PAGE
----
The Role and Applicability of Counselling in Social Work Practice
Social work originated as a community help measure in the 19th century and has since then become an organised discipline that aims to support and empower those who suffer from social unfairness. Apart from helping the disadvantaged to live with dignity, social work aims at achieving social inclusion and has been found to be effective in correcting disparities and in helping individuals to overcome impediments that arise from different aspects of life; apart from those that require knowledge of the physical and medical sciences. Social work practice has, over the years, become integral to Britain’s working life and current estimates put the number of active social workers in the country at significantly more than one million. (Parrott, 2002) Whilst social workers can be called upon to assist all sections of the community, the majority of their assignments concern helping individuals in stressful situations and those experiencing difficulties with issues that relate to emotions, relationships, unemployment, work, disabilities, discrimination, substance abuse, finances, housing, domestic violence, poverty, and social exclusion. Such a range of applications has necessitated the development of (a) a variety of skills and techniques, (b) methods to transfer these skills to social workers, and (c) procedures for the delivery of social work in a variety of settings, which include schools and colleges, households, hospitals, prisons and secured homes, and training and community centres. (Parton, 1996) Social work practice focuses on dealing with the problems of service users. The maintenance and improvement of their social, physical, and mental states is often dependent upon the effectiveness of social work intervention. (Miller, 2005) Users of social work services are largely economically and/or socially disadvantaged, and the vulnerabilities, which arise from these circumstances, frequently contribute to the nature of their relationships with service providers. (Miller, 2005) Social work makes use of a broad range of knowledge and incorporates information obtained from several disciplines; it empowers social workers in practice to use their acquired knowledge and skills first to engage service users and then to bring about positive changes in undesirable emotional states and behavioural attitudes, or in positions of social disempowerment. (Miller, 2005) Counselling forms one of the main planks of social work practice and constitutes the chief mode through which social workers directly engage service users; it is considered to be the public face of the activity and is an integrative course of action between a service user, who is vulnerable and who needs support, and a counsellor who is trained and educated to give this help. Face to face and 121 interactions between social workers and service users take place mostly through counselling activities. Apart from the directly beneficial effect that occurs through counselling, much of the social work approach that needs to be adopted in specific cases for other interventionist activity is decided on the basis of feedback provided by counsellors. This assignment aims to study and analyse the importance of counselling in social work practice.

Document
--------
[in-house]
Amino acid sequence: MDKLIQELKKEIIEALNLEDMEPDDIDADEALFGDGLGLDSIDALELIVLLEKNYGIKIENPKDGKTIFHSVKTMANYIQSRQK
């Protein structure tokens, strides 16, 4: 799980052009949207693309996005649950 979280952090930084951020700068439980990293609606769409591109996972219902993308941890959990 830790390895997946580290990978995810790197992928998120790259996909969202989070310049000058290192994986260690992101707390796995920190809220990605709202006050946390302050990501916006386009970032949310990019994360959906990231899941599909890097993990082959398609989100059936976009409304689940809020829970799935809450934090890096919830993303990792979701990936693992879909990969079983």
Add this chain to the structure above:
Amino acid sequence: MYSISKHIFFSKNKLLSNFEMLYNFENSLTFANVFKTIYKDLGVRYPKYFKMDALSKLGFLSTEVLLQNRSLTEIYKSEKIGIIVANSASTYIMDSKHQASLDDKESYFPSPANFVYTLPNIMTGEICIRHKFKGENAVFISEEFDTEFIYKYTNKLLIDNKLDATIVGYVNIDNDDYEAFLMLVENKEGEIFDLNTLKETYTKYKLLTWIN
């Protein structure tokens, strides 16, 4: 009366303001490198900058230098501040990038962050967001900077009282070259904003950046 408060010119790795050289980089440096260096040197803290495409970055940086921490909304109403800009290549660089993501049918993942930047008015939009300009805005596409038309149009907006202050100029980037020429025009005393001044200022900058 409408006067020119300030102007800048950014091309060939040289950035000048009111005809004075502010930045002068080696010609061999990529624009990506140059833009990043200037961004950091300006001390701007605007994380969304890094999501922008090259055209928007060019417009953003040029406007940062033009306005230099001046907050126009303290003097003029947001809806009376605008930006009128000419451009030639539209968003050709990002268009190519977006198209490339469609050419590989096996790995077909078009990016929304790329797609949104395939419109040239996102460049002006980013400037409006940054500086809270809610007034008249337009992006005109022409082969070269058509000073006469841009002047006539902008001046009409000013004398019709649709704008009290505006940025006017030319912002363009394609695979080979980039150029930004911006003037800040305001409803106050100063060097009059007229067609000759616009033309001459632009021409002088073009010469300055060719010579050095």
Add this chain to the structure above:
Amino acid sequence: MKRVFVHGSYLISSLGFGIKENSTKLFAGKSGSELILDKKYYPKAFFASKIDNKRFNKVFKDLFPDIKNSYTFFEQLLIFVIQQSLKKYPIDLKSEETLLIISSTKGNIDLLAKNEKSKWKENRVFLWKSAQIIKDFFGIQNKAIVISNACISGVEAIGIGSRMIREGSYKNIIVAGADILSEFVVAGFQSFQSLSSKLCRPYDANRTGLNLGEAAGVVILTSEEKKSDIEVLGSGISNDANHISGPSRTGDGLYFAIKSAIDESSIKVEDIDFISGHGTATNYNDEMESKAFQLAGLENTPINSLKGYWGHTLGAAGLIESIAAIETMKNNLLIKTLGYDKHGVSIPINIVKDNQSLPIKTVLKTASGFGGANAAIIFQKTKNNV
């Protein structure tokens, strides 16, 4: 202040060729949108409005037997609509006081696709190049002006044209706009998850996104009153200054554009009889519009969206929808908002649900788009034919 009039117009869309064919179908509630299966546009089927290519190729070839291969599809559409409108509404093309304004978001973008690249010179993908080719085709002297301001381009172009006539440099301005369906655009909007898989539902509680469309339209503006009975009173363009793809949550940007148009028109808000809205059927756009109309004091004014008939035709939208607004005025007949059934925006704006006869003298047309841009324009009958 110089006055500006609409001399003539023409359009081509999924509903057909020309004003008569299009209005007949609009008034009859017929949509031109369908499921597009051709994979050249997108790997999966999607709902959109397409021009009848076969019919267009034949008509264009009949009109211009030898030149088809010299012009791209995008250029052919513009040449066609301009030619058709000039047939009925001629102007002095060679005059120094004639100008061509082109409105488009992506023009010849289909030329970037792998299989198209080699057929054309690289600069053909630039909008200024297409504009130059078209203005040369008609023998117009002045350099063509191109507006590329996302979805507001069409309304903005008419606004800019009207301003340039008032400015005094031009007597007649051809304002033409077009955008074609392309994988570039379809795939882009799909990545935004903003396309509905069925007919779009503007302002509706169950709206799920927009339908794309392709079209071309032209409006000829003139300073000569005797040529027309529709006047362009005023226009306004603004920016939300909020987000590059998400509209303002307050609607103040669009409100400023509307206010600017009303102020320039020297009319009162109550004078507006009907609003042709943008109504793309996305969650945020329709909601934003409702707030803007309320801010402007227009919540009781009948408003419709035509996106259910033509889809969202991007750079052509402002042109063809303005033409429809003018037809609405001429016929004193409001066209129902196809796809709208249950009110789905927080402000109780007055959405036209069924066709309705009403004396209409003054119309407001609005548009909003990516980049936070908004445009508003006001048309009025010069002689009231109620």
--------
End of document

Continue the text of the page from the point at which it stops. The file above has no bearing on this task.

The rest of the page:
Commentary and Analysis
Social work practice, in the UK, has evolved along with the development of the profession, and with the progression of social policy, ever since the first social workers were trained at the London School of Economics, at the beginning of the 20th century. (Parton, 1996) Whilst social policy, formulated at the level of policy makers, defines the broad routes taken to alleviate social inequalities, the actual delivery of social work occurs through social work practice, an activity carried out by thousands of social workers all over the United Kingdom. (Harris, 2002) Social work makes...